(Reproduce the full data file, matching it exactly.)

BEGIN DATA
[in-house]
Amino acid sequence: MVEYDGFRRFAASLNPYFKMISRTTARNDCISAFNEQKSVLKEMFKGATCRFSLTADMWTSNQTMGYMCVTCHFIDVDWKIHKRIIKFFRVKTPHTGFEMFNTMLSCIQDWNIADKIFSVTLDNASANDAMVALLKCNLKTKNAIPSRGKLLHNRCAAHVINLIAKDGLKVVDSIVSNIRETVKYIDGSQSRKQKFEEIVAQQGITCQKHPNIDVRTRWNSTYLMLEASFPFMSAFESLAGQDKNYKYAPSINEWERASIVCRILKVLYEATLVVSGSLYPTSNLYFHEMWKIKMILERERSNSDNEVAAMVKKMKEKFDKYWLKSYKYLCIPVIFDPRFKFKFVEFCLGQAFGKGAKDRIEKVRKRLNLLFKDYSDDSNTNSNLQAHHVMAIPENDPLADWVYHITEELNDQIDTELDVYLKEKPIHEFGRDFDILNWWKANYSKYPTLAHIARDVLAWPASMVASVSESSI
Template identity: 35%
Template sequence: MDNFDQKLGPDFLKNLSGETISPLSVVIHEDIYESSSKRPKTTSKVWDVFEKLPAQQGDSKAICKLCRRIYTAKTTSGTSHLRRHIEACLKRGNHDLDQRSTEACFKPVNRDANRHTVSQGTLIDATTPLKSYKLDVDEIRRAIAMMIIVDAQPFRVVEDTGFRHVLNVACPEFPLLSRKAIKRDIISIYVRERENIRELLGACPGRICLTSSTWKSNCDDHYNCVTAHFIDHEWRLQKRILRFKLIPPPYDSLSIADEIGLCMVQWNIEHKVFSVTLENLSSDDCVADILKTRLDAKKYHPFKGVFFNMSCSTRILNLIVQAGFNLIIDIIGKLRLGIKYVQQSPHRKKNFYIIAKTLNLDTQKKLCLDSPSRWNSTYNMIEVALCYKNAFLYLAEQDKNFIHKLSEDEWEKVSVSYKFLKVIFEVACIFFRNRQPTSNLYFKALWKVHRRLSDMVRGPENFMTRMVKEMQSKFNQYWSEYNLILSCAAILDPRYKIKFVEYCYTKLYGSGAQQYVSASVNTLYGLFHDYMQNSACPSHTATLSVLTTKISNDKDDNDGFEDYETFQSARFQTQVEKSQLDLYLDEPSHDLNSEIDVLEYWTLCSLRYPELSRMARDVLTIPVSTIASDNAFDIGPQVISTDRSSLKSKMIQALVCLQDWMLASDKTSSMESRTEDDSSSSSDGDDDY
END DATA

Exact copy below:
[in-house]
Amino acid sequence: MVEYDGFRRFAASLNPYFKMISRTTARNDCISAFNEQKSVLKEMFKGATCRFSLTADMWTSNQTMGYMCVTCHFIDVDWKIHKRIIKFFRVKTPHTGFEMFNTMLSCIQDWNIADKIFSVTLDNASANDAMVALLKCNLKTKNAIPSRGKLLHNRCAAHVINLIAKDGLKVVDSIVSNIRETVKYIDGSQSRKQKFEEIVAQQGITCQKHPNIDVRTRWNSTYLMLEASFPFMSAFESLAGQDKNYKYAPSINEWERASIVCRILKVLYEATLVVSGSLYPTSNLYFHEMWKIKMILERERSNSDNEVAAMVKKMKEKFDKYWLKSYKYLCIPVIFDPRFKFKFVEFCLGQAFGKGAKDRIEKVRKRLNLLFKDYSDDSNTNSNLQAHHVMAIPENDPLADWVYHITEELNDQIDTELDVYLKEKPIHEFGRDFDILNWWKANYSKYPTLAHIARDVLAWPASMVASVSESSI
Template identity: 35%
Template sequence: MDNFDQKLGPDFLKNLSGETISPLSVVIHEDIYESSSKRPKTTSKVWDVFEKLPAQQGDSKAICKLCRRIYTAKTTSGTSHLRRHIEACLKRGNHDLDQRSTEACFKPVNRDANRHTVSQGTLIDATTPLKSYKLDVDEIRRAIAMMIIVDAQPFRVVEDTGFRHVLNVACPEFPLLSRKAIKRDIISIYVRERENIRELLGACPGRICLTSSTWKSNCDDHYNCVTAHFIDHEWRLQKRILRFKLIPPPYDSLSIADEIGLCMVQWNIEHKVFSVTLENLSSDDCVADILKTRLDAKKYHPFKGVFFNMSCSTRILNLIVQAGFNLIIDIIGKLRLGIKYVQQSPHRKKNFYIIAKTLNLDTQKKLCLDSPSRWNSTYNMIEVALCYKNAFLYLAEQDKNFIHKLSEDEWEKVSVSYKFLKVIFEVACIFFRNRQPTSNLYFKALWKVHRRLSDMVRGPENFMTRMVKEMQSKFNQYWSEYNLILSCAAILDPRYKIKFVEYCYTKLYGSGAQQYVSASVNTLYGLFHDYMQNSACPSHTATLSVLTTKISNDKDDNDGFEDYETFQSARFQTQVEKSQLDLYLDEPSHDLNSEIDVLEYWTLCSLRYPELSRMARDVLTIPVSTIASDNAFDIGPQVISTDRSSLKSKMIQALVCLQDWMLASDKTSSMESRTEDDSSSSSDGDDDY